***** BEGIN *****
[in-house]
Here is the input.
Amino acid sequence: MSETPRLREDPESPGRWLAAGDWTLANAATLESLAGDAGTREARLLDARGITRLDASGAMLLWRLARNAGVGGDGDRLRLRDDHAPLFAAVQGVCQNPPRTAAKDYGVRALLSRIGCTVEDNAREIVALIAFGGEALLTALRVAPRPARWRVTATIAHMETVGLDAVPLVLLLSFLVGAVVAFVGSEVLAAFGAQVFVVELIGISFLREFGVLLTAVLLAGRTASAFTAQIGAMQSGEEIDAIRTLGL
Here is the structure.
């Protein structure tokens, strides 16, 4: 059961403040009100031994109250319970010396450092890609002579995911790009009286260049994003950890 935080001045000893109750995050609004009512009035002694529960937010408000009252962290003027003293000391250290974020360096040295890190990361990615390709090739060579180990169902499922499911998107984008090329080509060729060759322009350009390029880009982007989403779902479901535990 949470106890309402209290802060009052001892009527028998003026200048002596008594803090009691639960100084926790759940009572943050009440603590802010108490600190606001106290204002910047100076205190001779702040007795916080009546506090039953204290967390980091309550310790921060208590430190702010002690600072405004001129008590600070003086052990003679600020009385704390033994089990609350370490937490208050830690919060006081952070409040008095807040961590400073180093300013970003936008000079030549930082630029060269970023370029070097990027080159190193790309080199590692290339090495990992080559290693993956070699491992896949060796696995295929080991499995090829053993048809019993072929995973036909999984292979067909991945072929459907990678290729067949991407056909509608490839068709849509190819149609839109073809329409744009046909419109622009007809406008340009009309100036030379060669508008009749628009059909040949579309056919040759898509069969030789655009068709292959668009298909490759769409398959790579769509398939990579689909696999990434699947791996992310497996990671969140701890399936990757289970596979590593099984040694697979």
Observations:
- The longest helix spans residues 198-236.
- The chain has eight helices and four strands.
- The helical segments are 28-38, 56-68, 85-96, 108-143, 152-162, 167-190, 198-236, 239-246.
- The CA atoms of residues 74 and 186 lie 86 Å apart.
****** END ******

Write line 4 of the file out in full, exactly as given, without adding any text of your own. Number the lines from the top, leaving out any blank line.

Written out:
Here is the structure.